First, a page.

With some of the best beaches in the Caribbean, friendly locals, and a buzzing international expat community, the lifestyle we have in the Dominican Republic is incredible at the price. Our monthly budget is $2,000 (that’s $66 a day). It includes renting a luxury apartment, a maid, heath care…everything. And you could live here for even less.
My husband Ed and I hadn’t planned on retiring in this tropical paradise. We came to see what business opportunities were available. But when we first arrived in 2009, we saw how easily it could be done. Expats from Europe, Canada, and the U.S. were already here, enjoying an affordable retirement with a first-class quality of life.
We couldn’t wait to join them, and in 2010 we packed our bags and moved to Las Terrenas on the northern coast of the island.
In Las Terrenas and other resort towns across the island, the day begins for many expats with a cup of strong coffee in one of the local cafés. The influx of French expats has brought with it flaky croissants, pain au chocolat and crusty, fresh baguettes.
Locals gather at the cafés to share the latest gossip and news. They’ll be happy to discuss whether the whales have arrived in Samaná Bay or how the new road from Samaná airport to the beach is progressing. You can compare notes on the weather—usually sunny and 80 F with a light breeze.
In addition, many cafés have WiFi so you can catch up on news from around the world. After your light breakfast for less than $3, there are a variety of ways to get your blood going. I like running on the beachfront road between Las Terrenas and La Barbacoa. You can run more than six miles along the coast under the protective shade of hundreds of palm trees. To cool off, take a dip in the turquoise-blue ocean.
If walking sounds better, there are plenty of sun-drenched stretches of beach to stroll alone or with a friend. You may be joined by one or two of the local “cocodogs” that hang out looking for company. The cocodogs are sweet and friendly and more than one Las Terrenas resident has been “adopted” by a loyal pup that becomes the family pet.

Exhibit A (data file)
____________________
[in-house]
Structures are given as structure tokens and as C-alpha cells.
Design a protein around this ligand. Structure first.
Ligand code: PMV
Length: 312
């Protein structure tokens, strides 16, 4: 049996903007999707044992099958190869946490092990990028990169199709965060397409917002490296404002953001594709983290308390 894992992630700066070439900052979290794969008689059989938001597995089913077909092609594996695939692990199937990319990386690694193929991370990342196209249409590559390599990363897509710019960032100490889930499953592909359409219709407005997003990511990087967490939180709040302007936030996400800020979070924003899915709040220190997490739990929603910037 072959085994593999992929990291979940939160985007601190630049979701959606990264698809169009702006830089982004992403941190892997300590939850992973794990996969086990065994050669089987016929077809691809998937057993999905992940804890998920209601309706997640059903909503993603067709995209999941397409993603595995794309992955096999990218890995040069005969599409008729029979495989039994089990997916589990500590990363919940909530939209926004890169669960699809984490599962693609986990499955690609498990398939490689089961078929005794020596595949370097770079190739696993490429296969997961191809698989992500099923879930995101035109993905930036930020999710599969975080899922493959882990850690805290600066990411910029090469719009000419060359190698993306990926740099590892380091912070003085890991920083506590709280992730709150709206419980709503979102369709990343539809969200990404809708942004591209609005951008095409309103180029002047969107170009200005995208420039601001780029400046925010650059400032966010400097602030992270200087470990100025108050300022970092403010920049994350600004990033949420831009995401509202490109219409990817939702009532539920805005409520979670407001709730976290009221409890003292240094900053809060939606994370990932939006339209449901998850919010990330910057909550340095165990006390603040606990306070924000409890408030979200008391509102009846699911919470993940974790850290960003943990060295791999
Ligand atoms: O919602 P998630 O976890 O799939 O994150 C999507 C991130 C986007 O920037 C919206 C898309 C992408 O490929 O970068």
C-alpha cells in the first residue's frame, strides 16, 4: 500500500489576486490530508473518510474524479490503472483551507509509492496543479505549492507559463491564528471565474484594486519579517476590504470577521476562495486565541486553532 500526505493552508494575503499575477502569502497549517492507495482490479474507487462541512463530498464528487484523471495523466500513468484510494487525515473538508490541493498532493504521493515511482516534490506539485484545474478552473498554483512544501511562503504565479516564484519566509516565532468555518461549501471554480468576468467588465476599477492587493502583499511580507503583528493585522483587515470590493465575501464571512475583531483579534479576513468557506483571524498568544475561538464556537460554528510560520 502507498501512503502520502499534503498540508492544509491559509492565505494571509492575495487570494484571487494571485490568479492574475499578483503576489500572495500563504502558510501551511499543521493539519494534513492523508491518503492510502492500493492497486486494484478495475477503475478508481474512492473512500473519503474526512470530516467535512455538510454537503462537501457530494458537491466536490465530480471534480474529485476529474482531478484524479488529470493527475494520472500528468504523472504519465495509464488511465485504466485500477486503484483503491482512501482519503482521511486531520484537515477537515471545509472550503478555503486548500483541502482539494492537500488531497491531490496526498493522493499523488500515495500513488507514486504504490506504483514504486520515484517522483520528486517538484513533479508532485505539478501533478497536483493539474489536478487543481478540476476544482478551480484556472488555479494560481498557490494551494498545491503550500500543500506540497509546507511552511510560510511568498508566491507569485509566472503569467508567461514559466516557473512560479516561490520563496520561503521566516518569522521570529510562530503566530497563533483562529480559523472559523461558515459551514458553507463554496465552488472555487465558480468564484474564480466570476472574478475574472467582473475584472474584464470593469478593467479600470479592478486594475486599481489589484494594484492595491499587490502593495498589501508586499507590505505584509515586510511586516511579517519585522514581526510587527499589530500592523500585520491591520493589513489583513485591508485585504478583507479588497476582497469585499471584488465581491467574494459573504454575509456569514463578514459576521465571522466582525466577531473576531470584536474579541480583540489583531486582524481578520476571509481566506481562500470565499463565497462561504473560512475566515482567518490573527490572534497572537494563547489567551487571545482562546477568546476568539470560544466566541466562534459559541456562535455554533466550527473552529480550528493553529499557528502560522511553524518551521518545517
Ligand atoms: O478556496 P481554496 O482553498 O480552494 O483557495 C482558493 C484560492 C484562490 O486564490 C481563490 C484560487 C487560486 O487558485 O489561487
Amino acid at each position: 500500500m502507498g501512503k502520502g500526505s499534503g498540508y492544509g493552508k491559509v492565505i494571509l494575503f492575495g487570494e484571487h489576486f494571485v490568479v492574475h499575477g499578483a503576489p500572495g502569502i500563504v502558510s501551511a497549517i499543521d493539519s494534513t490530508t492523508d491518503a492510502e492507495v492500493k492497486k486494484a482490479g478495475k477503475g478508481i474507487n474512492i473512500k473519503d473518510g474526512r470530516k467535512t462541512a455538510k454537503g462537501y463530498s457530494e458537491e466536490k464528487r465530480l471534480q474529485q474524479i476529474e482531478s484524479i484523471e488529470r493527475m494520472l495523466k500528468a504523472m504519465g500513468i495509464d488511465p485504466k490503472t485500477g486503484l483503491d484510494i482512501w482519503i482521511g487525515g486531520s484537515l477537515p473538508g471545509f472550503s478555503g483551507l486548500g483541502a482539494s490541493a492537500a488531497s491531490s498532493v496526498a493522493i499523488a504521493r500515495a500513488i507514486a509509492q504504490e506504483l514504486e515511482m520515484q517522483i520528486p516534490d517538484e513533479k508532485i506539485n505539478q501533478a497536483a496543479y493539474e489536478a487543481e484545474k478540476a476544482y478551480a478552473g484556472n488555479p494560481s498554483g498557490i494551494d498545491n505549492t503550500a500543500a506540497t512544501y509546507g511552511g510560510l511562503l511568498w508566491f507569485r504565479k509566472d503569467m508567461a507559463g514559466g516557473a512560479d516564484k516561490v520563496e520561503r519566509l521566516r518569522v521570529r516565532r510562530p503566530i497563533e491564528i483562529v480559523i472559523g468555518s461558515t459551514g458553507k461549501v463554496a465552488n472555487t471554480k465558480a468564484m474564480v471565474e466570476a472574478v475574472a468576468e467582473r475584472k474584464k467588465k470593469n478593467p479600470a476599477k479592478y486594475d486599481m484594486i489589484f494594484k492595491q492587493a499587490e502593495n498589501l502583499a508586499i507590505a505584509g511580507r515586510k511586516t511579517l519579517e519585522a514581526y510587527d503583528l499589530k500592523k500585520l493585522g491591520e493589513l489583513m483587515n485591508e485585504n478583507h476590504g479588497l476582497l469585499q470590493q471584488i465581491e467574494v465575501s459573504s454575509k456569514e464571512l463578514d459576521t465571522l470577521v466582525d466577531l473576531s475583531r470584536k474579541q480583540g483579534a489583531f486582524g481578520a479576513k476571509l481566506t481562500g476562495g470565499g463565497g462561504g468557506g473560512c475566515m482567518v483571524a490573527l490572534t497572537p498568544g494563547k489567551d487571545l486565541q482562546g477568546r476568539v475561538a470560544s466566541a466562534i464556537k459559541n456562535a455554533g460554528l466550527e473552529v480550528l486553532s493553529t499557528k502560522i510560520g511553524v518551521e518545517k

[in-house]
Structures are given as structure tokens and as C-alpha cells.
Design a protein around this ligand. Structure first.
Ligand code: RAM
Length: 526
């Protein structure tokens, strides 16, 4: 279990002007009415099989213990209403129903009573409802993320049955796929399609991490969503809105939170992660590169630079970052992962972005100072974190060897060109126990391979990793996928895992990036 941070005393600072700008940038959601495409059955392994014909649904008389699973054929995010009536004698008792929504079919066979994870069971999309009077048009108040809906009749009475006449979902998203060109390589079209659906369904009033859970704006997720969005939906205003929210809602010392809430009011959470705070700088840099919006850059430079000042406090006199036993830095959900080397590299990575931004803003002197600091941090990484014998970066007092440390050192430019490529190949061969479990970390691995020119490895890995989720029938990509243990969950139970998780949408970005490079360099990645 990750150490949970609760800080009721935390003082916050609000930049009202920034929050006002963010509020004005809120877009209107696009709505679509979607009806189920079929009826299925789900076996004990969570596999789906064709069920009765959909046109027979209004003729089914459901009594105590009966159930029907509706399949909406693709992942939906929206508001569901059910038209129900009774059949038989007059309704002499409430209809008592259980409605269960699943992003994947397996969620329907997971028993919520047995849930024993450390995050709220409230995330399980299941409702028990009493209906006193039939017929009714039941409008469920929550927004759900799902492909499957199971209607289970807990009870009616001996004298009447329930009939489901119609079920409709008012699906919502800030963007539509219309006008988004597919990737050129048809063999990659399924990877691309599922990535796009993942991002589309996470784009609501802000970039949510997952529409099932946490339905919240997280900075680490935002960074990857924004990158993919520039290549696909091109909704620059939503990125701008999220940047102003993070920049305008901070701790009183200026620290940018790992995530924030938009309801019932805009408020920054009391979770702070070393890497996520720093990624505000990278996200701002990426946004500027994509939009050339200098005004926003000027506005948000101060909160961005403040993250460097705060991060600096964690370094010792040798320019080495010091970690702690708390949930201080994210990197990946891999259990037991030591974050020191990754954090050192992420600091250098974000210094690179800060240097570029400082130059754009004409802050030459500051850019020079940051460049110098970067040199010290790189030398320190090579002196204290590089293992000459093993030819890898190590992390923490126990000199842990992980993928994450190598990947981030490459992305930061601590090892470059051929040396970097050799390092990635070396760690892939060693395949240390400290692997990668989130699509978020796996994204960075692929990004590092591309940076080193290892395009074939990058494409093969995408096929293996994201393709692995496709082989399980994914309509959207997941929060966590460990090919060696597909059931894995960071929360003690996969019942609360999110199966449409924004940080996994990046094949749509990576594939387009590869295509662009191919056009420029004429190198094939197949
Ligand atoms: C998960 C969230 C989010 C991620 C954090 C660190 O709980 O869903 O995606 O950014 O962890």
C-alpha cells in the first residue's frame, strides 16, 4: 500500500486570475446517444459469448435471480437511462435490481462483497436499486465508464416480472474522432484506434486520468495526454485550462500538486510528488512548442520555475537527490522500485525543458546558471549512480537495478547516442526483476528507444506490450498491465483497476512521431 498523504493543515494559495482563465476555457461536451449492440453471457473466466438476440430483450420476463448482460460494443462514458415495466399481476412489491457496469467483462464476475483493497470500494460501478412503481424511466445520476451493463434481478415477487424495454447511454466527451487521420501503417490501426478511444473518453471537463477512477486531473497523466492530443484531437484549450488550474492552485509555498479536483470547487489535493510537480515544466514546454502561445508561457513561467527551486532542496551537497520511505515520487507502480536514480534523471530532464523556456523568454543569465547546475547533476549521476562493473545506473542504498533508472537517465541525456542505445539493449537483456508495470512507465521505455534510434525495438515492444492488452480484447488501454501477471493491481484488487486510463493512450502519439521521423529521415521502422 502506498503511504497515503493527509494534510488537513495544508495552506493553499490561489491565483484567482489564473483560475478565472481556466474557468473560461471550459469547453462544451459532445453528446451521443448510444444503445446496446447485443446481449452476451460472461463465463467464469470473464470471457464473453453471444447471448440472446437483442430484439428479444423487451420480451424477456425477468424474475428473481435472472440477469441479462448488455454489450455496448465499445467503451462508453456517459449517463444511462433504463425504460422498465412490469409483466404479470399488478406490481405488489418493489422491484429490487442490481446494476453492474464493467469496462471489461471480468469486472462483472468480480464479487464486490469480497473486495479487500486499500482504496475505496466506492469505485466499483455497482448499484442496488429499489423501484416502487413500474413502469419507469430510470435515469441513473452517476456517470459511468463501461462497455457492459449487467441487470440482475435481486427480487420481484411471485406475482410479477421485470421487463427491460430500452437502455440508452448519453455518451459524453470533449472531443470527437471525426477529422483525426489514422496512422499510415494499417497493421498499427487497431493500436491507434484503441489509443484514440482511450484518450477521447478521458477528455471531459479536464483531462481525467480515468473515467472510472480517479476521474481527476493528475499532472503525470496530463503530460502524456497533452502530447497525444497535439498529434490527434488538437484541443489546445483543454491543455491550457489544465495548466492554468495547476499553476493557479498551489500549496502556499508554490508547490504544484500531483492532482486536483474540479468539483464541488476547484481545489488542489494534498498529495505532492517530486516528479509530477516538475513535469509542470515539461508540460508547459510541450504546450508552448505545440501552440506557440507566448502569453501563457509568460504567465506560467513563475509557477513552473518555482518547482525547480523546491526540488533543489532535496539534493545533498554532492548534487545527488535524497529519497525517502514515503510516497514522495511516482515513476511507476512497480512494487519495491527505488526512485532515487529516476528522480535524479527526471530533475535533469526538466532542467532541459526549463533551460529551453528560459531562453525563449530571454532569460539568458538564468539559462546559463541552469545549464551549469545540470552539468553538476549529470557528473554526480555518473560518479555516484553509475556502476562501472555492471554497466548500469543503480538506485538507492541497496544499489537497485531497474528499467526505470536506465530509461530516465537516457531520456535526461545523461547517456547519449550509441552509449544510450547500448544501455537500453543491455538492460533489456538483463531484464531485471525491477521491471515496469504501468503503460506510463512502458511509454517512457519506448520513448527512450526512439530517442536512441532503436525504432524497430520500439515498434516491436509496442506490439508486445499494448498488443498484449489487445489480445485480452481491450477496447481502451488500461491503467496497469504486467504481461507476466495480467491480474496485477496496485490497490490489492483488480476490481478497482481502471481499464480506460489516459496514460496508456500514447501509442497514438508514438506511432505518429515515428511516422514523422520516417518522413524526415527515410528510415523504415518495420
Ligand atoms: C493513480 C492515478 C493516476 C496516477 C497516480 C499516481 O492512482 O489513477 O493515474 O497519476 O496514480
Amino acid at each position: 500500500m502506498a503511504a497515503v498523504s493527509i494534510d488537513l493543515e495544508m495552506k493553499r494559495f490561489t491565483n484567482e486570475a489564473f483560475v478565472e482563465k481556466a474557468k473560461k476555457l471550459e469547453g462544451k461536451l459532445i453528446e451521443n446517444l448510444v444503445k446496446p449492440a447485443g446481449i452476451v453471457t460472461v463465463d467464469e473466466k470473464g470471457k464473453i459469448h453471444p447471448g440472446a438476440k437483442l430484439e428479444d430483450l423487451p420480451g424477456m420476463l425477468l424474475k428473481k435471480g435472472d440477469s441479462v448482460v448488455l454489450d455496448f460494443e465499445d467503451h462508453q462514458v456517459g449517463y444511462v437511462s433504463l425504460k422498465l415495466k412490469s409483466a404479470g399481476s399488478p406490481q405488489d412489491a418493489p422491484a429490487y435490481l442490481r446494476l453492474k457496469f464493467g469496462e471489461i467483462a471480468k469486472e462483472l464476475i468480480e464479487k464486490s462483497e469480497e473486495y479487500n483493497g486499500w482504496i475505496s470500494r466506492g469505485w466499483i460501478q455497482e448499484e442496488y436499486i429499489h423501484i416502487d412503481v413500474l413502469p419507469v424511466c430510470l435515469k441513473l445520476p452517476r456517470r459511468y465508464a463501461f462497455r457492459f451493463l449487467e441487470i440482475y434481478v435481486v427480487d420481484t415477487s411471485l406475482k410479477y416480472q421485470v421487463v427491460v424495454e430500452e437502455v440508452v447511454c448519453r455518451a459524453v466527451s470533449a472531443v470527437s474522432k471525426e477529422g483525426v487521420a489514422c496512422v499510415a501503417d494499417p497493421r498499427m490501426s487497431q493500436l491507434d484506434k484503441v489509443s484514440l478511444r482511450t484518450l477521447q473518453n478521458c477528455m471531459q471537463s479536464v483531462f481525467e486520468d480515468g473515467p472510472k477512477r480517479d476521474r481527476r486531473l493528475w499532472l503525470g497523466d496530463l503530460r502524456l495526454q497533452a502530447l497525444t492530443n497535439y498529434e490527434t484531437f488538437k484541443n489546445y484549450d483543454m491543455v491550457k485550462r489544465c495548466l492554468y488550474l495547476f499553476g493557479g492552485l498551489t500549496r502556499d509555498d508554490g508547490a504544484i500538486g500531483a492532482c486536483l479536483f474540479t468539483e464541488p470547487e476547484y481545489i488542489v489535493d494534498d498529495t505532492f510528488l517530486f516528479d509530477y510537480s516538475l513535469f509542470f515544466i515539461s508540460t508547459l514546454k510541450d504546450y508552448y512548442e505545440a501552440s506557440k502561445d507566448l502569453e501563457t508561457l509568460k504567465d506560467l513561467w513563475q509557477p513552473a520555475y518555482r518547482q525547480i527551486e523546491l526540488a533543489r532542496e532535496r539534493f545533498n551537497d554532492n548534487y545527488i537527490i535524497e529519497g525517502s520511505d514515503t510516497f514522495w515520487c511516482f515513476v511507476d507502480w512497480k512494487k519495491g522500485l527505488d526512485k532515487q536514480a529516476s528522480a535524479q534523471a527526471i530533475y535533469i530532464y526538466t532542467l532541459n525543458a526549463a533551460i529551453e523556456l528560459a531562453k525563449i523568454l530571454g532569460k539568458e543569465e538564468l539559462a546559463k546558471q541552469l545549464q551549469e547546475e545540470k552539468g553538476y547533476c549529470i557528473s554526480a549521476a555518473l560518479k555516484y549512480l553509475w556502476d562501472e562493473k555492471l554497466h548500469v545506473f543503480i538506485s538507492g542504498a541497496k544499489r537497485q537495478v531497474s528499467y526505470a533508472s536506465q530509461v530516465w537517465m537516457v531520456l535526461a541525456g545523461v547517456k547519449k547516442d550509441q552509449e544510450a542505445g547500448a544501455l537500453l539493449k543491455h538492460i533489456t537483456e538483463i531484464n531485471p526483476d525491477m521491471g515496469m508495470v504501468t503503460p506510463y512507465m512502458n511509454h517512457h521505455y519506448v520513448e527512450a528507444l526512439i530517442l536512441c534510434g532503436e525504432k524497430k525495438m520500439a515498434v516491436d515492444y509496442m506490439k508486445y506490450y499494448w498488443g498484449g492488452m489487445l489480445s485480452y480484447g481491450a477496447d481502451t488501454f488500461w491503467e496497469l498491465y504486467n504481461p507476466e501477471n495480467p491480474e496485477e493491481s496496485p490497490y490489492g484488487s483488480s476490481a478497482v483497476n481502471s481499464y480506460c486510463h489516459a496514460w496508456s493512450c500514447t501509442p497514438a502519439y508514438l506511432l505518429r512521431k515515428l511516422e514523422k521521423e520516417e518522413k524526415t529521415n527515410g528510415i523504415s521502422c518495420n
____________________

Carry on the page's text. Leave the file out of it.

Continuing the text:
Many of my friends meet in town for yoga each day. In addition to being a great way to stay fit, the classes are full of expats from different backgrounds. They arrange ladies’ luncheons, men’s poker nights and “co-ed” BBQs and are quick to include new arrivals in the fun. Groups often form based on shared language and you have plenty of variety. English, French, Spanish, Italian, and German are all spoken here.
Once breakfast and your daily exercise are complete, it’s the perfect time to run errands. Finding what you need is easy. A quick walk through downtown is all it takes to stock up on the essentials. Market stalls offer fresh fruit and vegetables—pineapple, papaya, and all types of citrus fruit. along with fresh herbs like cilantro, basil, and rosemary.
You find fresh seafood at the Fisherman’s Village on the beach east of town. Select an enormous mahi-mahi for about $20 or stock up on single-serving red snapper for around $3. For a few extra pesos, the vendors are happy to fillet and portion your fish.
Walking throughout town, you will also find hardware stores, clothing boutiques, and various home furnishing shops along the way. If you don’t have a shopping list, just enjoy the sights as you take a stroll.
The nights in Las Terrenas can be as low-key or high-energy as you like. With all the fresh food and flavors, you may opt to spend an evening at home, eating like a king with friends and family. If you’d rather go out, cafés, restaurants, and beachside food stalls offer great dinner choices.
Given how friendly Dominicans and the expat community are, I’ve had no trouble meeting people and finding social events. Best of all, I have the time to enjoy it.
Editor’s note: Yana’s full report from the Dominican Republic…including business opportunities for expats and rental options with ocean views…is in the October issue of International Living magazine—out now. If you’re not a subscriber, you can become one here and get instant access to the October issue.